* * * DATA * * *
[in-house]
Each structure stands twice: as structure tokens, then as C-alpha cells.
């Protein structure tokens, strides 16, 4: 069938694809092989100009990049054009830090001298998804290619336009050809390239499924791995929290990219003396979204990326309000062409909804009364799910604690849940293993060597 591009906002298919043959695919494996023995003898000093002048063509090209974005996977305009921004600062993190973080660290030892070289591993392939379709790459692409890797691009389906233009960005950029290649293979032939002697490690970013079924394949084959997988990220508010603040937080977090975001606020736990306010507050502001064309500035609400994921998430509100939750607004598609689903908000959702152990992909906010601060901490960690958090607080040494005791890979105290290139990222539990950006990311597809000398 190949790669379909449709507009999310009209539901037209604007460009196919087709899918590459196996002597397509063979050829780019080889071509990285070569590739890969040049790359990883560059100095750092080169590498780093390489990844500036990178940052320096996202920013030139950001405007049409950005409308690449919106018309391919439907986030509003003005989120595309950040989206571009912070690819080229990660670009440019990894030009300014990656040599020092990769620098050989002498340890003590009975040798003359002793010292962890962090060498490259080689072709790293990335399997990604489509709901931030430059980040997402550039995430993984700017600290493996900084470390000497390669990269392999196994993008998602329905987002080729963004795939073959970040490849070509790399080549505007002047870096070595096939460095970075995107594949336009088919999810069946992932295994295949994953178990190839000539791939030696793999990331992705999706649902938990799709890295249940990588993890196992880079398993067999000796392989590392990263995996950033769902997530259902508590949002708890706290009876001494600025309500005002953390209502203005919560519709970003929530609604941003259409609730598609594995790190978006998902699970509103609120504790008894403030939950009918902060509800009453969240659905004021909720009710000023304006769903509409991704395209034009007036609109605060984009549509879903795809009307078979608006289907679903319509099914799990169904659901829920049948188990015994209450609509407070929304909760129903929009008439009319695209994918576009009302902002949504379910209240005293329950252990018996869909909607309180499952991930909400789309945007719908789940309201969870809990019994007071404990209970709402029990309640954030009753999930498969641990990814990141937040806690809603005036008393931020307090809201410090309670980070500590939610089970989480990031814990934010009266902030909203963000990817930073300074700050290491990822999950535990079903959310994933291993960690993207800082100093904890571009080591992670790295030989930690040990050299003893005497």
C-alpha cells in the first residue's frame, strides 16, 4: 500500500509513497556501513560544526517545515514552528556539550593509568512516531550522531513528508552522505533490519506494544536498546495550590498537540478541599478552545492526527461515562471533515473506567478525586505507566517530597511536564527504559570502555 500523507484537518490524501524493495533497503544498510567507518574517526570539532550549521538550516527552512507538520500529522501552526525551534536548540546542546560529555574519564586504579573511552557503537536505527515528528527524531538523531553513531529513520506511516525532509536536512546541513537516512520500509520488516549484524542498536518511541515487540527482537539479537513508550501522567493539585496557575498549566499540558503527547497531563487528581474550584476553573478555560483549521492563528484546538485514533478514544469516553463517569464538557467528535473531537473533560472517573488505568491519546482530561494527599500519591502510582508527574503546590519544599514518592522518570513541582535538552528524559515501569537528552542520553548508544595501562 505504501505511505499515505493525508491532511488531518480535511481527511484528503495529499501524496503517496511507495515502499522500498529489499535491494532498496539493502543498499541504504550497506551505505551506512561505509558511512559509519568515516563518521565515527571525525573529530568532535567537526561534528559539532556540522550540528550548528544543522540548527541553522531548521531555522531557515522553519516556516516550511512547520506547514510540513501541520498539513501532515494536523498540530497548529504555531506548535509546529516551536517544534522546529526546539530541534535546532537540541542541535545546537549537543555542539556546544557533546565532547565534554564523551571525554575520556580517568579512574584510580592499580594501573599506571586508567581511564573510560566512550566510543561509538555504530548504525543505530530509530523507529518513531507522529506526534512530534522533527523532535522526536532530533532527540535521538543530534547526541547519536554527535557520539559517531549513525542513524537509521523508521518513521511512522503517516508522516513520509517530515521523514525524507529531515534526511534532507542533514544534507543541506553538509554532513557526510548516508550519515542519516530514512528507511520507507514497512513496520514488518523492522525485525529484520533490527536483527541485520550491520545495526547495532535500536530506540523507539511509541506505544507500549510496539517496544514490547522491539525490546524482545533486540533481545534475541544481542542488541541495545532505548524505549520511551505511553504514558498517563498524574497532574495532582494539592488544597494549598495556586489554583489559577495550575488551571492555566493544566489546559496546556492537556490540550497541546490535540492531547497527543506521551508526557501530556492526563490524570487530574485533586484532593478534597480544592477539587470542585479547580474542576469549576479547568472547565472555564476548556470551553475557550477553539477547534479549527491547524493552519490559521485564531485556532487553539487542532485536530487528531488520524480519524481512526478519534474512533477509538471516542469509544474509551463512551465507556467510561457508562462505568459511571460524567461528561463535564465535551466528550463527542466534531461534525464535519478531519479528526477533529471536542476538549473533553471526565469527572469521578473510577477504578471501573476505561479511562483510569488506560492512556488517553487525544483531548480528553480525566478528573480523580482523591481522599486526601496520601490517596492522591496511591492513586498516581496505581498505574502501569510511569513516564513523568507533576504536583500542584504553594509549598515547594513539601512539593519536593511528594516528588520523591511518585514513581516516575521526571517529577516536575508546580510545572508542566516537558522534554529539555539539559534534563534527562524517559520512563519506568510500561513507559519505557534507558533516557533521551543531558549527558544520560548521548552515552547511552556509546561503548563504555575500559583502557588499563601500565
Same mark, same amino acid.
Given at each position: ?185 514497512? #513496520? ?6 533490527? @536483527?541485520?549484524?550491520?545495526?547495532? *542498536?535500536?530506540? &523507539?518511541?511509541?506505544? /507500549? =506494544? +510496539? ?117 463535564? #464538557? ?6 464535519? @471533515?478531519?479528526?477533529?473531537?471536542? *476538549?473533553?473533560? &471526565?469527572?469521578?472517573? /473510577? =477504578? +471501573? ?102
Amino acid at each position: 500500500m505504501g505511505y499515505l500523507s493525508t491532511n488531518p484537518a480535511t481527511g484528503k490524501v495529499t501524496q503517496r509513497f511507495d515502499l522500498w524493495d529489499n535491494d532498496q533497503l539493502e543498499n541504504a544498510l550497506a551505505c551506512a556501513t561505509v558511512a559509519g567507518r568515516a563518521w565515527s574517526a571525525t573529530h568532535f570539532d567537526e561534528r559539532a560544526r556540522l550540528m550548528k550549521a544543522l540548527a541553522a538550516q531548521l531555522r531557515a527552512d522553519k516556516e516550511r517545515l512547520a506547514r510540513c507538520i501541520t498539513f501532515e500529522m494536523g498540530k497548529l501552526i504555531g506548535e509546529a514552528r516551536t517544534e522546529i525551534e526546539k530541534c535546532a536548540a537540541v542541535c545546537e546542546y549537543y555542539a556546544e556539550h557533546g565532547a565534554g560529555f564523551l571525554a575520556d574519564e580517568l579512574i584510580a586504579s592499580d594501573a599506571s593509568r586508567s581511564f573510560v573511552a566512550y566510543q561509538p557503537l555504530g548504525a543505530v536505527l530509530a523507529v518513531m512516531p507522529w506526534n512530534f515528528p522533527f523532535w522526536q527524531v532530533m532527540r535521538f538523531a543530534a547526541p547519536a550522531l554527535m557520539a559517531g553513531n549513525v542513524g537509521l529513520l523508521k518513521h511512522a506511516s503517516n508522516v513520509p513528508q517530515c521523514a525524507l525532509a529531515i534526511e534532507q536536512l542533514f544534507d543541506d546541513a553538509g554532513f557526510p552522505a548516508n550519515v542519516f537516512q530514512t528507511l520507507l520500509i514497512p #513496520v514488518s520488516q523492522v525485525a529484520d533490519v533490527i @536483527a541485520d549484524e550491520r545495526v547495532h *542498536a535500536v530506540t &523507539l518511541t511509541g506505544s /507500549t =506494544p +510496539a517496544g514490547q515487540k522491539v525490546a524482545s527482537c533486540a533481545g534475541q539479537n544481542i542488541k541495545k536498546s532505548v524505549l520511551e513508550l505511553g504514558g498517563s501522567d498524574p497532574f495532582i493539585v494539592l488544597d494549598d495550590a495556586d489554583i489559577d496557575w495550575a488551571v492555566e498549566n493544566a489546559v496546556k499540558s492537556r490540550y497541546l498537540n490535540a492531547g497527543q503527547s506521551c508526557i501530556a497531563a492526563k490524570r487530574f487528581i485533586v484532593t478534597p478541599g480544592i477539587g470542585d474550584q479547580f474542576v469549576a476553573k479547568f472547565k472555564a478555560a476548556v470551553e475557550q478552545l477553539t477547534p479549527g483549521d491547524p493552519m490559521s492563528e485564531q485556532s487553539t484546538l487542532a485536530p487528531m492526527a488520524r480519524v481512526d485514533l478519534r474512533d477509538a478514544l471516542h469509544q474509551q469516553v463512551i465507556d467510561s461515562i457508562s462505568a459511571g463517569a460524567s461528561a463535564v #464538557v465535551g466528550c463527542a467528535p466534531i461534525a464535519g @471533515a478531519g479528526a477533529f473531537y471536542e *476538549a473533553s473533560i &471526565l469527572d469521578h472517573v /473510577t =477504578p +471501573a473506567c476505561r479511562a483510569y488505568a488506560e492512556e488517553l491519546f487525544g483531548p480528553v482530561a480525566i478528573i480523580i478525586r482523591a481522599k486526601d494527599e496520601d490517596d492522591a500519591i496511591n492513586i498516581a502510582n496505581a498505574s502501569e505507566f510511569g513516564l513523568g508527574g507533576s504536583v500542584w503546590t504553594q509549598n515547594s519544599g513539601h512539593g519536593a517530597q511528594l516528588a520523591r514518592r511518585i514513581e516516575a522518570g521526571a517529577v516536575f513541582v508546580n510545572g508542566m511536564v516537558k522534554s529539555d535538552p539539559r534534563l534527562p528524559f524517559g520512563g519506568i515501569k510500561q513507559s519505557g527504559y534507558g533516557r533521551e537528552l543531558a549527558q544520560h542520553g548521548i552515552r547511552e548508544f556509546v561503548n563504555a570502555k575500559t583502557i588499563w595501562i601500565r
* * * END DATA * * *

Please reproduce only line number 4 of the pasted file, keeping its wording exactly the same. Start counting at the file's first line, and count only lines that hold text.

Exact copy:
C-alpha cells in the first residue's frame, strides 16, 4: 500500500509513497556501513560544526517545515514552528556539550593509568512516531550522531513528508552522505533490519506494544536498546495550590498537540478541599478552545492526527461515562471533515473506567478525586505507566517530597511536564527504559570502555 500523507484537518490524501524493495533497503544498510567507518574517526570539532550549521538550516527552512507538520500529522501552526525551534536548540546542546560529555574519564586504579573511552557503537536505527515528528527524531538523531553513531529513520506511516525532509536536512546541513537516512520500509520488516549484524542498536518511541515487540527482537539479537513508550501522567493539585496557575498549566499540558503527547497531563487528581474550584476553573478555560483549521492563528484546538485514533478514544469516553463517569464538557467528535473531537473533560472517573488505568491519546482530561494527599500519591502510582508527574503546590519544599514518592522518570513541582535538552528524559515501569537528552542520553548508544595501562 505504501505511505499515505493525508491532511488531518480535511481527511484528503495529499501524496503517496511507495515502499522500498529489499535491494532498496539493502543498499541504504550497506551505505551506512561505509558511512559509519568515516563518521565515527571525525573529530568532535567537526561534528559539532556540522550540528550548528544543522540548527541553522531548521531555522531557515522553519516556516516550511512547520506547514510540513501541520498539513501532515494536523498540530497548529504555531506548535509546529516551536517544534522546529526546539530541534535546532537540541542541535545546537549537543555542539556546544557533546565532547565534554564523551571525554575520556580517568579512574584510580592499580594501573599506571586508567581511564573510560566512550566510543561509538555504530548504525543505530530509530523507529518513531507522529506526534512530534522533527523532535522526536532530533532527540535521538543530534547526541547519536554527535557520539559517531549513525542513524537509521523508521518513521511512522503517516508522516513520509517530515521523514525524507529531515534526511534532507542533514544534507543541506553538509554532513557526510548516508550519515542519516530514512528507511520507507514497512513496520514488518523492522525485525529484520533490527536483527541485520550491520545495526547495532535500536530506540523507539511509541506505544507500549510496539517496544514490547522491539525490546524482545533486540533481545534475541544481542542488541541495545532505548524505549520511551505511553504514558498517563498524574497532574495532582494539592488544597494549598495556586489554583489559577495550575488551571492555566493544566489546559496546556492537556490540550497541546490535540492531547497527543506521551508526557501530556492526563490524570487530574485533586484532593478534597480544592477539587470542585479547580474542576469549576479547568472547565472555564476548556470551553475557550477553539477547534479549527491547524493552519490559521485564531485556532487553539487542532485536530487528531488520524480519524481512526478519534474512533477509538471516542469509544474509551463512551465507556467510561457508562462505568459511571460524567461528561463535564465535551466528550463527542466534531461534525464535519478531519479528526477533529471536542476538549473533553471526565469527572469521578473510577477504578471501573476505561479511562483510569488506560492512556488517553487525544483531548480528553480525566478528573480523580482523591481522599486526601496520601490517596492522591496511591492513586498516581496505581498505574502501569510511569513516564513523568507533576504536583500542584504553594509549598515547594513539601512539593519536593511528594516528588520523591511518585514513581516516575521526571517529577516536575508546580510545572508542566516537558522534554529539555539539559534534563534527562524517559520512563519506568510500561513507559519505557534507558533516557533521551543531558549527558544520560548521548552515552547511552556509546561503548563504555575500559583502557588499563601500565